Tonight’s scripture tells us to “love, not in word or speech, but in truth and action.” Don’t just say you love, do it, act it, be it. Don’t just preach about how you follow Christ, take up your cross and start walking.
Once again, the lectionary is quoting Jesus here—back in the Gospel of Matthew[iii] when Jesus tells the Pharisees the most important commandments are to
“ love the Lord God with all your heart, and with all your soul, and with all your mind” and to “… love your neighbor as yourself.”
Jesus preaches the commandment, but it is not up to him to enact it.
The cornerstone sets the course; the keystone completes the force that holds it together. He sets us on this way, to weather this life with the stones placed all around us—those that fit snuggly nearby, those that block our path, those that menacingly loom close, those whom we slight, or ignore, or throw aside.
“love, not in word or speech, but in truth and action.”
I went to a breakout discussion at a church retreat a few years ago and one of the things we discussed was fear and resentment. I remember one of the discussion leaders asking all of us to think for a minute and write down who we fear most.
Who do you fear most? Who do you resent the most?
Without much of a second glance, I used my golf pencil and scribbled down “Christians” on my index card. I, of course, was not trying to be subversive or ironic by putting “Christians” in the hot seat at a Mennonite church retreat. Because, you know, its those other Christians. Those ones who do Christianity different than I do. I fear the control they have in our governments; I fear the affects of their decisions on my children’s futures; I resent their “cultural wars;” I resent their slick-mega-rockout-online-24/7-java-enabled Christ-cams; I resent their interest and involvement in my choices as a woman; I resent their hatred of my family, friends, and neighbors that don’t fit into their English speaking, often white, hetero-normative, born-again reality.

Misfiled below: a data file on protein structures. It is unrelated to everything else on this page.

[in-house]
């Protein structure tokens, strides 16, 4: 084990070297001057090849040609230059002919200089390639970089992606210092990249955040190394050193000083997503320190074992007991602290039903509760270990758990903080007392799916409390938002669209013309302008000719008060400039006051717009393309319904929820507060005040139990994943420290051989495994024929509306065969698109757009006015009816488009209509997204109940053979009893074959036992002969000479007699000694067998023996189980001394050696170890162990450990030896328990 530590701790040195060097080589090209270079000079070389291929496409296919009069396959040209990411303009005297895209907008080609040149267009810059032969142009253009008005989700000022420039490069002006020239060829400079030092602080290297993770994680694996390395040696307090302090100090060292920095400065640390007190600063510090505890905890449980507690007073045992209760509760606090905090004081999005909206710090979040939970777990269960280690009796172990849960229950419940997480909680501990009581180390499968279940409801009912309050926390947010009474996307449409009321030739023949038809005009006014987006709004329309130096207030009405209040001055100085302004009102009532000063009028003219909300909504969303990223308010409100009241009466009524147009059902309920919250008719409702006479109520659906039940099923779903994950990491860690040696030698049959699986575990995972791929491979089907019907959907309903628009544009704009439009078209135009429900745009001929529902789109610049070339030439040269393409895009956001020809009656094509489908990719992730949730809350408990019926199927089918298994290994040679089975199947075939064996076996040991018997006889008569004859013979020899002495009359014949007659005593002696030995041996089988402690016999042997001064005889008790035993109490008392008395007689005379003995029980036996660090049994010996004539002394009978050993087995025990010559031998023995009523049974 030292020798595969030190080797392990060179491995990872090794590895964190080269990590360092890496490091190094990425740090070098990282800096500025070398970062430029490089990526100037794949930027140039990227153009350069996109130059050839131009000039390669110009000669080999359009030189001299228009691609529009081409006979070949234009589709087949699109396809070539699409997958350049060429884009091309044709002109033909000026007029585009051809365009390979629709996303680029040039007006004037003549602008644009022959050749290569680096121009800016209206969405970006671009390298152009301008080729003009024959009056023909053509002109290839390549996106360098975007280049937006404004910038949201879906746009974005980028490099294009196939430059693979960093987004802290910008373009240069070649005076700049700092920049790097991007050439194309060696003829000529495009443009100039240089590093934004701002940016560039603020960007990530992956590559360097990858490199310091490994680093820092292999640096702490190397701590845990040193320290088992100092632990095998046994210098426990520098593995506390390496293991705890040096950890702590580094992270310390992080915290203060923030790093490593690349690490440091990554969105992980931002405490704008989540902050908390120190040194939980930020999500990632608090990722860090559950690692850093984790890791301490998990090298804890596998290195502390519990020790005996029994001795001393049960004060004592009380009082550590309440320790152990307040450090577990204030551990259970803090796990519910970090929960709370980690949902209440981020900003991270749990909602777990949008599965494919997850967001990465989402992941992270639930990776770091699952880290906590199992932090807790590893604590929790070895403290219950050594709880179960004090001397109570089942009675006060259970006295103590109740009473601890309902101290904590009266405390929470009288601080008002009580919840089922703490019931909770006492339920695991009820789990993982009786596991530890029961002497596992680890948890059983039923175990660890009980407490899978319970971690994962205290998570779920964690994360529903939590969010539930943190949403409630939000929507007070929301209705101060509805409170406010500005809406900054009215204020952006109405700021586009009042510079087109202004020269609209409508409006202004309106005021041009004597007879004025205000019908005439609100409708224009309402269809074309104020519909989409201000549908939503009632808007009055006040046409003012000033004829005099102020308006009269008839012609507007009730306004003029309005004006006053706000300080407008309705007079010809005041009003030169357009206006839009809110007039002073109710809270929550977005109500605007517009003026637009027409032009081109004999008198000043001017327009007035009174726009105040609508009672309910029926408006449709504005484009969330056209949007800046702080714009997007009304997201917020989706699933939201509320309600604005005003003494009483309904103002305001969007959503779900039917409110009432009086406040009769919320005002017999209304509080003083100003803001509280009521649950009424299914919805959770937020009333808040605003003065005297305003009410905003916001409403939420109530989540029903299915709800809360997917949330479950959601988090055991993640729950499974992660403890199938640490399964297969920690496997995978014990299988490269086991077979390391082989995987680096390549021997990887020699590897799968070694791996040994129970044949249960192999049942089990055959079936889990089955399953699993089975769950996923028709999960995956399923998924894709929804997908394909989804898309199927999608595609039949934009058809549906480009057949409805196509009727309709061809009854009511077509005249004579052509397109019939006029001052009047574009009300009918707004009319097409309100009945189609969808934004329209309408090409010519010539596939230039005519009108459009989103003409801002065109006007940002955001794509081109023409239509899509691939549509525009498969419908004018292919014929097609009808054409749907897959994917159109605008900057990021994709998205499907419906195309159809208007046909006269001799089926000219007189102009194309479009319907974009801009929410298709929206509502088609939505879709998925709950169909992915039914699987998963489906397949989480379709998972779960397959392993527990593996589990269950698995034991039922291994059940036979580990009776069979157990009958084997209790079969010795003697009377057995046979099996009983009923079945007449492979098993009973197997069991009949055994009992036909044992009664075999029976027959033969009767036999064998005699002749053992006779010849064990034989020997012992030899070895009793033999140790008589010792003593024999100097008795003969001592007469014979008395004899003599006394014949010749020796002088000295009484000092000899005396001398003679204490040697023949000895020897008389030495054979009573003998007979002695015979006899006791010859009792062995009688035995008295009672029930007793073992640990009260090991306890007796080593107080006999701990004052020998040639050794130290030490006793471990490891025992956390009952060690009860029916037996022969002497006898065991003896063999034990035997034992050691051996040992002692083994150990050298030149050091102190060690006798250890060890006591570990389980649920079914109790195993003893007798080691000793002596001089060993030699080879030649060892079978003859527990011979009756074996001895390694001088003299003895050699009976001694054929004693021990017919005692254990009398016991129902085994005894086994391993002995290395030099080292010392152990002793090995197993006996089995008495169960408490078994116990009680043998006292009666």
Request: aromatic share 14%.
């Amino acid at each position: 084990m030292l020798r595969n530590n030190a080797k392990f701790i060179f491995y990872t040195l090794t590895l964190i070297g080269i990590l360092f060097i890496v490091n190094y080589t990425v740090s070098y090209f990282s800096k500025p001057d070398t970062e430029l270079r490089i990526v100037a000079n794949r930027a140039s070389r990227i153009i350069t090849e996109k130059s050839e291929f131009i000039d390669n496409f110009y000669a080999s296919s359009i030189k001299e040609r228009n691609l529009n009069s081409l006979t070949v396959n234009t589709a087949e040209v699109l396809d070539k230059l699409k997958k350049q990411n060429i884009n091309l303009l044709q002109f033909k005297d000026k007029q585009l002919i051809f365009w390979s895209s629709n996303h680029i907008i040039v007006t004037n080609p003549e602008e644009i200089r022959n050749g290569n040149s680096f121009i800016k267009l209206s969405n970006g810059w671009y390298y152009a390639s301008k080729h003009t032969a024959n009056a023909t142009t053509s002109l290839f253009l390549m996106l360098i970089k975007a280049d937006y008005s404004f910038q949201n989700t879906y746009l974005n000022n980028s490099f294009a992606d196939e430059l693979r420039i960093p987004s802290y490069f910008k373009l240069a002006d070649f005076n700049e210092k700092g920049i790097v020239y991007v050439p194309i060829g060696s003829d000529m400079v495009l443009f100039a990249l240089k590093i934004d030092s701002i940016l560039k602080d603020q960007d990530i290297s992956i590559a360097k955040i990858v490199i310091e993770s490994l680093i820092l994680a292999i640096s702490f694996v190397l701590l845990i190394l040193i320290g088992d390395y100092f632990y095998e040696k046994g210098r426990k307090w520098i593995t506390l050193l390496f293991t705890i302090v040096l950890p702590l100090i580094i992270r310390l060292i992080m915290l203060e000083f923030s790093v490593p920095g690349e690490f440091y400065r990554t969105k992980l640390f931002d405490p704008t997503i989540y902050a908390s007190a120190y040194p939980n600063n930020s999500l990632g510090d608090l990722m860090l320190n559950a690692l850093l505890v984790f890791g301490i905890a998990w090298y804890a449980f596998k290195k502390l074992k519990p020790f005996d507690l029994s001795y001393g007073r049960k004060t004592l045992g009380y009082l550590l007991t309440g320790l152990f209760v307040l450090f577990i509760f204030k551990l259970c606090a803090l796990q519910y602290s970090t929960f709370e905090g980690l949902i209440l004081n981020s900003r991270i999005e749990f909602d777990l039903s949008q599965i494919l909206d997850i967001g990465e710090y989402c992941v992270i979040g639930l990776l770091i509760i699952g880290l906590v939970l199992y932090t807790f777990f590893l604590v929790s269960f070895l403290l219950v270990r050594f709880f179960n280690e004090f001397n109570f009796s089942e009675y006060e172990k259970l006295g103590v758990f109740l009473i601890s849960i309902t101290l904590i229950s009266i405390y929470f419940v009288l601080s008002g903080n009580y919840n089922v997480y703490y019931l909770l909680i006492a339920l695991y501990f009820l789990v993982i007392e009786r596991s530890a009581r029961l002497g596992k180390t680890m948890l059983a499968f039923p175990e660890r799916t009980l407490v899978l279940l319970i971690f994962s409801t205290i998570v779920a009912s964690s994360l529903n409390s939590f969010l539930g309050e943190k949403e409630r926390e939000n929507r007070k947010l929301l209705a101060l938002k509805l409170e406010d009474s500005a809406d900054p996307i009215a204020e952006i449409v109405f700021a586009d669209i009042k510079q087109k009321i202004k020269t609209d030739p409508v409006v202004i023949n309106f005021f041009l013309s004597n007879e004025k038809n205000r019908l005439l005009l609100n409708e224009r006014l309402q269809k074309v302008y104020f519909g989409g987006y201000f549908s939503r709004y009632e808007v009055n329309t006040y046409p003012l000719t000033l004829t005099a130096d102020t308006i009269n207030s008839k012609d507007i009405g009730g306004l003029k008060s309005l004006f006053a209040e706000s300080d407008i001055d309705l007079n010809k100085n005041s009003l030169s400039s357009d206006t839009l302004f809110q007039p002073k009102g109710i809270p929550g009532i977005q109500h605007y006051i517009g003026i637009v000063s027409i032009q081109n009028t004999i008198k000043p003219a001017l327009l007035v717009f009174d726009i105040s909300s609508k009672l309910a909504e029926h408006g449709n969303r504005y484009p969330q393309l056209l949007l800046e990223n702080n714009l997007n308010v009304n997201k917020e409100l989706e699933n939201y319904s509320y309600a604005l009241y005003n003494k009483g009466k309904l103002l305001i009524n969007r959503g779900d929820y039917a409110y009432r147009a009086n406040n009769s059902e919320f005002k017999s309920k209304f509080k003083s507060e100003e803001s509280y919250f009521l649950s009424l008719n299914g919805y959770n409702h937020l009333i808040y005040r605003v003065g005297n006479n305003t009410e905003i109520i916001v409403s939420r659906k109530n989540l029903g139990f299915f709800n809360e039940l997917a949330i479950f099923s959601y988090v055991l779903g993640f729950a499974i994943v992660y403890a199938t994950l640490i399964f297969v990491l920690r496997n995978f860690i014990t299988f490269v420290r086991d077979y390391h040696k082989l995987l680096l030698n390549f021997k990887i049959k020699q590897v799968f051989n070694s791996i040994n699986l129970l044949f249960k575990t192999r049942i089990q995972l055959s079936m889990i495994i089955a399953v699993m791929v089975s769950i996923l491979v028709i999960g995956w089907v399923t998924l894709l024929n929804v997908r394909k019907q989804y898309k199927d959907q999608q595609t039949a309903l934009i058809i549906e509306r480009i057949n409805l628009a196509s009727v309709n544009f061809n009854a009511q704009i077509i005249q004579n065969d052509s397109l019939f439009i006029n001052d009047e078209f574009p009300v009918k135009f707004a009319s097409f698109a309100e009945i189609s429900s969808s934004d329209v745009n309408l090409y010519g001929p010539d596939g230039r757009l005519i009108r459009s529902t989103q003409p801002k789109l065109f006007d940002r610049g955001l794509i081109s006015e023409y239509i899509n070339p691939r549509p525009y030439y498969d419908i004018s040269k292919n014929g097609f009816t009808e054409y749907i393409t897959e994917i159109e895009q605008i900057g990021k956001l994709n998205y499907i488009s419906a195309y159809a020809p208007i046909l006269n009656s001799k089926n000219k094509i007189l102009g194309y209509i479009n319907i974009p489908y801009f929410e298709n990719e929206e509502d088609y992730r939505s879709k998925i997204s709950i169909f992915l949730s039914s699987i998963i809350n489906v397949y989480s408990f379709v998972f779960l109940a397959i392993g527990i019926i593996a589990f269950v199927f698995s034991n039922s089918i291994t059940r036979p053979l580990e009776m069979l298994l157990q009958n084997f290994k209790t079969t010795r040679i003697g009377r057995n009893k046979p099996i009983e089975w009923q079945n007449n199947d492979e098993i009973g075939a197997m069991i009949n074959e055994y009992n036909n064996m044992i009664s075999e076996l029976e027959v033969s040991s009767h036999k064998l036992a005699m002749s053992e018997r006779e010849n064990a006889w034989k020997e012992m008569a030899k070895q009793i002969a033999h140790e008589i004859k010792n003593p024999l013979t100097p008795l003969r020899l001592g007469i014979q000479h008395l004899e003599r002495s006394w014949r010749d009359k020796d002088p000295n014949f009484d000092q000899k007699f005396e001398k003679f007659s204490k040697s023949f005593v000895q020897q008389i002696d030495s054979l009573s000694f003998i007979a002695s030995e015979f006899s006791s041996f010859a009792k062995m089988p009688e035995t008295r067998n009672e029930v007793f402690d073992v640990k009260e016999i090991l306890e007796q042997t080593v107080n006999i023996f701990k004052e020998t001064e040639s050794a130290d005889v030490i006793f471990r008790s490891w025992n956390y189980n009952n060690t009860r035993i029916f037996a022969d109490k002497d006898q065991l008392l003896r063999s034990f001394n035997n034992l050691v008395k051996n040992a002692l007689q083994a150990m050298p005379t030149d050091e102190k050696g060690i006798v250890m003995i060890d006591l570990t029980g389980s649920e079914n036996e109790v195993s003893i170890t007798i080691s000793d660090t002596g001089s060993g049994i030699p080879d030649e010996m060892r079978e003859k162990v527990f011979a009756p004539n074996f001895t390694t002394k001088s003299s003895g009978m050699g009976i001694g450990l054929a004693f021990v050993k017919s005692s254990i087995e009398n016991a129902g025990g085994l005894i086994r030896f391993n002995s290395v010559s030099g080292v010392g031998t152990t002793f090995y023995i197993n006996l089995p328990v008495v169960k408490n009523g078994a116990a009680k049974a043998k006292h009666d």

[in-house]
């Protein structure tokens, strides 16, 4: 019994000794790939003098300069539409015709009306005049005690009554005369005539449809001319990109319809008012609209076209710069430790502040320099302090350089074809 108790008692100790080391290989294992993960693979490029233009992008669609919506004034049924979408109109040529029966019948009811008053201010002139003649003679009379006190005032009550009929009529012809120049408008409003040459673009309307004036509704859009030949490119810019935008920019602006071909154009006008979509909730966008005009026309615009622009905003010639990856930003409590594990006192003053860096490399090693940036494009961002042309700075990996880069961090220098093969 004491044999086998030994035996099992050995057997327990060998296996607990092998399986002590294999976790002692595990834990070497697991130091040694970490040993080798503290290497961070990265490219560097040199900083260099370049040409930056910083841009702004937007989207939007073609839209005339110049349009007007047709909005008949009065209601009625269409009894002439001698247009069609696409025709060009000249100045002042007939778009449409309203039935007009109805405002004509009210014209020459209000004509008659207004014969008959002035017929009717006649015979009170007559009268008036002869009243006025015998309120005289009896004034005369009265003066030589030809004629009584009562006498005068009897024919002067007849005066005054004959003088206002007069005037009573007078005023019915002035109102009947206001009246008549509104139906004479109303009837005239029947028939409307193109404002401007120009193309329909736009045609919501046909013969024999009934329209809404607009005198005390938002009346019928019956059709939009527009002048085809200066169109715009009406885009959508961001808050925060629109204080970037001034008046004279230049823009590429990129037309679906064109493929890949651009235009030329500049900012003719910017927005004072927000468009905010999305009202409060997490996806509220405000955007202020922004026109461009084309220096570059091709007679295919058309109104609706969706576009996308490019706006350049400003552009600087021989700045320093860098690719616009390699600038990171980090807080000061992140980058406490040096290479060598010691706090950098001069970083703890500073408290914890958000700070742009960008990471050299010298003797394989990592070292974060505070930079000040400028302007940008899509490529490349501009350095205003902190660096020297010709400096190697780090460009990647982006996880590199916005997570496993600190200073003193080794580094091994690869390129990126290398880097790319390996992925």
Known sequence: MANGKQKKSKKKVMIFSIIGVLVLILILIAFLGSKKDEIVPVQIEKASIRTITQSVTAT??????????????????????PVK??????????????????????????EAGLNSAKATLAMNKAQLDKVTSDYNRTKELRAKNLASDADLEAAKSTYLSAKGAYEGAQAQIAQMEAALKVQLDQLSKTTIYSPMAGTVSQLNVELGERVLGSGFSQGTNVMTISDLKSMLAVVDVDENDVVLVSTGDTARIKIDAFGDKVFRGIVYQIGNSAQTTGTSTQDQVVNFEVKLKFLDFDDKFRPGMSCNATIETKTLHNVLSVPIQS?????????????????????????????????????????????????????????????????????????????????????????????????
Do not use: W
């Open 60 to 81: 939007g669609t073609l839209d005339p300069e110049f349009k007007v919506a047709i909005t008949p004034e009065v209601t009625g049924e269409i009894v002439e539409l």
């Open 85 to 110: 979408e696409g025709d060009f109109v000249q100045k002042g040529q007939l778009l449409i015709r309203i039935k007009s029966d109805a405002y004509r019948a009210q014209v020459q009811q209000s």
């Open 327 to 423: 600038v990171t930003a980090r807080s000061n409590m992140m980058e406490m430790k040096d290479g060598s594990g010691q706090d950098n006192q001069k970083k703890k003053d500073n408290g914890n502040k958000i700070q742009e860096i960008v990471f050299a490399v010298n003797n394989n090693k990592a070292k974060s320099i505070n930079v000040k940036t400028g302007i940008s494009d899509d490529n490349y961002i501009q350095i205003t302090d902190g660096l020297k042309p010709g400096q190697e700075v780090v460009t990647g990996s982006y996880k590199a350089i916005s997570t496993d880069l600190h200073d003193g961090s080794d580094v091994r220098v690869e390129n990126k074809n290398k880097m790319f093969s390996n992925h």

And I resent it most because they speak SO loudly and they do it in the name of Jesus. They speak and use Jesus as a reason, even a motivation, for warmongering, for armaments, for blind nationalism, and torture, death, for racism, and sexism, and hatred.
These are the people I never want to see again, in this life or the next.
Would they come meet me at a meeting of reconciliation? Would I go and meet them? Or would I just send a note along about how suuuuuuper busy I am with work—too busy to talk to a bunch of people I will never see eye to eye with.
Jakob Amman and Hans Reist also fashioned their church practices after what they both saw as the proper interpretation of Jesus’ actions. Reist felt it was proper to extend hospitality to even those non-anabaptists who had shown kindness to the persecuted because Jesus also dined at the table with sinners—and those who slight the church should simply be held from taking yearly communion. Amman felt offenders should be excommunicated because of a conviction to Jesus’ words in Matthew 18 to “tell it to the church; and if the offender refuses to listen even to the church, let such a one be to you as a Gentile.” Reist felt like yearly communion was all that was really called for by scripture; it’s thought that one of the reasons Amman moved to make it more often was to bring women more fully into the life of the church[iv] just as Jesus was willing to fellowship with women. Who had the right Jesus? Reist or Amman? Me or Captain Mega-Church?
This is another one of those obdurate questions, of course. Literal interpretation of scripture? Or maybe just which verses you choose to follow and who decides the dividing line between them. Who picks?—that it’s okay for a woman to cut her hair and she’s no longer obliged to marry her brother in law if her husband dies, but NOT okay for her to raise a family with another woman.
Which rules matter most?
Well, as I noted earlier, Jesus was asked that very question by the Pharisees (at least about the commandments) and he gave them an answer. So I am going to stick my neck out here and make a personal political stand from the pulpit—it may not be yours, it may not be the stand of those I resent, but I’m going with Jesus on this one and hold on to love your neighbor.